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February 24th 2022

Would You Recognize The Symptoms of Concussion??

As March is Brain Injury Awareness month, I thought it would be good to discuss concussion. As well as this, we are roughly halfway through the Men’s Rugby Six Nations, with the women’s Six Nations starting in April. Concussion is an injury which can occur from a range of activities, however, I personally have experienced it most within contact sports such as rugby and football.

Whilst working as the physio for a football team and also playing rugby myself, I have come across many cases of concussion, particularly whilst playing rugby. Concussion is often an injury which can be brushed aside and not taken seriously. Most people will recover well, but early diagnosis is very important.

Concussion is, and can be, a very traumatic brain injury normally caused by direct or indirect trauma. People experience many different symptoms, with some being a lot milder than others. It is an injury which should be constantly monitored and kept under close watch for at least a few days after the time of injury. In severe cases, it is also important for the injured athlete to be taken to hospital to undergo further checks.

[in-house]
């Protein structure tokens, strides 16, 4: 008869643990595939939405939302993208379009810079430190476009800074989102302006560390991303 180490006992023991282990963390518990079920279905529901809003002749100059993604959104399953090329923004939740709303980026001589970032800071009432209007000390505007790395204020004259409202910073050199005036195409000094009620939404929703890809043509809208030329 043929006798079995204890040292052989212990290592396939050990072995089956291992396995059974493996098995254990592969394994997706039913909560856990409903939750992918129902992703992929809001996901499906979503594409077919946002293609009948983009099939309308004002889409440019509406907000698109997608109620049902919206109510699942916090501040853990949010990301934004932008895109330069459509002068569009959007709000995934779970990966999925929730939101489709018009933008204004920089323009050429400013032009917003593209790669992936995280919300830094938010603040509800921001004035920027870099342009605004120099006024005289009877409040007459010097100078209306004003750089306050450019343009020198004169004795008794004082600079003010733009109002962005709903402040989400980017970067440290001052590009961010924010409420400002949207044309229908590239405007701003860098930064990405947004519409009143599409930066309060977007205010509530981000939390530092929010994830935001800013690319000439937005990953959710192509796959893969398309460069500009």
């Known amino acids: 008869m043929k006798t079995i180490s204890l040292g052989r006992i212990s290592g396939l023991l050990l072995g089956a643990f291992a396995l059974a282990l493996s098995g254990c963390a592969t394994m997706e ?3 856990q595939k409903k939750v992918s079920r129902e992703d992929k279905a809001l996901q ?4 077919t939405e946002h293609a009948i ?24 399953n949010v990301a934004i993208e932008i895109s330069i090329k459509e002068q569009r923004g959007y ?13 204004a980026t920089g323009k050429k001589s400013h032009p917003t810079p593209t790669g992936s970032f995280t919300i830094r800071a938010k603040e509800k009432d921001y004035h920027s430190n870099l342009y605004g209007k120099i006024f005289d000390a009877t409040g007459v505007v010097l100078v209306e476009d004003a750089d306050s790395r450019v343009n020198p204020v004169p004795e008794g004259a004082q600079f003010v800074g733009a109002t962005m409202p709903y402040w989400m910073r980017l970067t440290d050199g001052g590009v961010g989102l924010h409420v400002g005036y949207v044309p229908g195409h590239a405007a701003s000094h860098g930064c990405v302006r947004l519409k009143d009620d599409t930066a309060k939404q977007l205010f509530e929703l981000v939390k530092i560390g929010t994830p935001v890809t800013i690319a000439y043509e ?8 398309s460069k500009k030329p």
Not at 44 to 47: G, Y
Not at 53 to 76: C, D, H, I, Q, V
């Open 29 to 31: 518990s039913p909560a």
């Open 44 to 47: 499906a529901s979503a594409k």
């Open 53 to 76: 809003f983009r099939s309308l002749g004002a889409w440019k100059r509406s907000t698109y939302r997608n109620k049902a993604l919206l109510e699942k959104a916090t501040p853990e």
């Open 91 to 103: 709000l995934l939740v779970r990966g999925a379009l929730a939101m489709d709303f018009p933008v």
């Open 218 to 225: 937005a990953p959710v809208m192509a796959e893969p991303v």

Symptoms of concussion at the time of the incident can include appearing dazed, unable to recall events prior to the incident, answering questions slowly, loss of consciousness (even if it is very brief) and changes in behaviour. Common symptoms which have been reported include and are not limited to headaches, nausea or vomiting, feeling sluggish, blurred vision, confusion and dizziness.

There are various tests and assessments to determine whether someone has got concussion. Typically this includes an immediate on field assessment as well as an off field assessment, discussing a history of lifestyle, habits and activity levels as well as a series of concussion tests.

It is important to complete a test even if there is only a slight chance it could be concussion.

If a concussion is identified you should rest from all sporting activity and then be guided through a gradual return to play/sport. It is extremely important to stop all activity because if that person was to receive a second knock it increases the individual’s risk of having a much more serious brain injury. A great example of return to play is the rugby concussion protocol.

Main features of the concussion return to play protocol include:

  • Players being monitored and can only commence return to play protocol when symptom free
  • The return to play protocol includes 6 stages which begin with complete rest, increasing to light exercise and gradually increasing intensity, eventually including contact training (each stage lasting at least 24 hours).
  • Players must remain symptom free throughout all of the stages

It can be common for those who have, or have had concussion to suffer from things such as a stiff neck from the impact of the injury. If this is the case please make sure to book yourself in for either an adjustment or some sports therapy treatment.

It is incredibly important to recognize and acknowledge concussion as soon as possible, and with the right care you should be able to make a full recovery.

By Abi Wheatley our Sports Therapist